What's the Big Idea?

Michael Gazzaniga, one of the world's leading researchers in cognitive neuroscience, describes the mystery of free will: “If you think about it this way, if you are a Martian coming by earth and looking at all these humans and then looking at how they work you wouldn’t—it would never dawn on you to say, ‘Well, now, this thing needs free will!’ What are you talking about?” 

Whether you are a parent, a philosopher, or the CEO of Facebook, it's a concept that you’ll inevitably have to bang your head against -- the individual right to choose what one does, what one doesn't do, what one is exposed to. “Most of us are certain that we have free will, though what exactly this amounts to is much less certain,” says the encyclopedia of philosophy

Often we understand free will to mean the opposite of fate. (“If you’ve got it, you don’t want it,” say Devo.) But what does it mean to have control over your self and your actions? What does it take? Have humans ever really had it? And why do we care? Because the implications are more than theoretical, according to Gazzaniga: "The central part of free will that people want to hold onto is the sense that that therefore makes you responsible for your actions." Ownership over your actions implies a certain degree of responsibility.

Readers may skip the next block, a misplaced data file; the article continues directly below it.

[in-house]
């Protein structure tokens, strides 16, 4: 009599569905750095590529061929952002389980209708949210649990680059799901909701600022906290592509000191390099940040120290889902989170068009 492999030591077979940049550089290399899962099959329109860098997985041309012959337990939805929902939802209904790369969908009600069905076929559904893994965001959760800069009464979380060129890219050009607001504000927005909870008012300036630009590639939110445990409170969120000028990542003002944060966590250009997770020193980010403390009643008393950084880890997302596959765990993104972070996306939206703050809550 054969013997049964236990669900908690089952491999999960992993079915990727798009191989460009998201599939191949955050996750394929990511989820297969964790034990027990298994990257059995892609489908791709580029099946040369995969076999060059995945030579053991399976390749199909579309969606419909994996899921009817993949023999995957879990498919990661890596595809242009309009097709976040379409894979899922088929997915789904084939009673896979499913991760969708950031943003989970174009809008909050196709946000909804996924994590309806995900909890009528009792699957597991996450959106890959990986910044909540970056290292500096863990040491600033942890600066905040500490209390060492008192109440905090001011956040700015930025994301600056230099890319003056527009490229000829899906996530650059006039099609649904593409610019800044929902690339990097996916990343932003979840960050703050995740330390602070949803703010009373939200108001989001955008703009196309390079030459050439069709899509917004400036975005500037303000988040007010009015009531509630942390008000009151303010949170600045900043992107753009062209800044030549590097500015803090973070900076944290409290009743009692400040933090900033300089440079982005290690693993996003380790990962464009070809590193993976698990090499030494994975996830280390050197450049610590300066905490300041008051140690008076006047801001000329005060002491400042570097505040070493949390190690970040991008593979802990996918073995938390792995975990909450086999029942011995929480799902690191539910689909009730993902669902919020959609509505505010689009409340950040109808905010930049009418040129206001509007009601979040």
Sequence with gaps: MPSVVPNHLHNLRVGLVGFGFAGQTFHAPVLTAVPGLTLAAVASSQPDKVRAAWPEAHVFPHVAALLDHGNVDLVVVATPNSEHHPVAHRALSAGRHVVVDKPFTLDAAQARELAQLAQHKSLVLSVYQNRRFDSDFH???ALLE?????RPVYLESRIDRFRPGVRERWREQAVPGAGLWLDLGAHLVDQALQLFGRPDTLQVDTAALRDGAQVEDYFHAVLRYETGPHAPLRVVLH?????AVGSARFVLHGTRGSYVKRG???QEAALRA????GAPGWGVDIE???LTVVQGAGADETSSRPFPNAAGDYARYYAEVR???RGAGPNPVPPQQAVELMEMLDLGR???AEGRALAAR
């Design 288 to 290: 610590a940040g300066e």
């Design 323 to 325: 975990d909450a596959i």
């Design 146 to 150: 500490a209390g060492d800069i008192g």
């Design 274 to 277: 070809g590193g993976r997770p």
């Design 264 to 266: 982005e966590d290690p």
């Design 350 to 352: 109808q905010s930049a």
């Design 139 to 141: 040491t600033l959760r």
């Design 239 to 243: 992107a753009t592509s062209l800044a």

For instance, the writer Ayn Rand characterized people as being with free will, either good or evil. In her radically individualistic estimation, the only moral question was, "which will you be?" Naturally, this conception of humanity results in an ethics which promotes the pursuit of self-interest as the ultimate good: if all the power is in your hands, the thinking goes, then so too, is all of the blame.

What's the Significance?

On the other end of the spectrum is Gazzaniga, who believes that free will is a concept invented by humans to describe a gap in our understanding of how the brain works. Less a metaphysical idea and more a name for something we couldn't quite pinpoint, the idea arose out of a time when human beings lacked the scientific rigor to inquire into the biology of cognition and perception. We simply do not function in life as individuals carving out our own paths.

But we're not prisoners of our neural networks, either. "We can study cars and all their physical relationships and know exactly how they work," explains Gazzaniga. "It in no way prepares us to understand traffic when they all get together and start interacting." 

Clearly, there's a balance between seeing people either as deterministic robots or as entirely in control of everything they do. "The way I sum it up is that brains are automatic, but people are free because people are joining the social group and in that group are laws to live by. We can understand brains to the nth degree, but it’s not going to, in any way, interfere with the fact that taking responsibility in a social network is done at that level."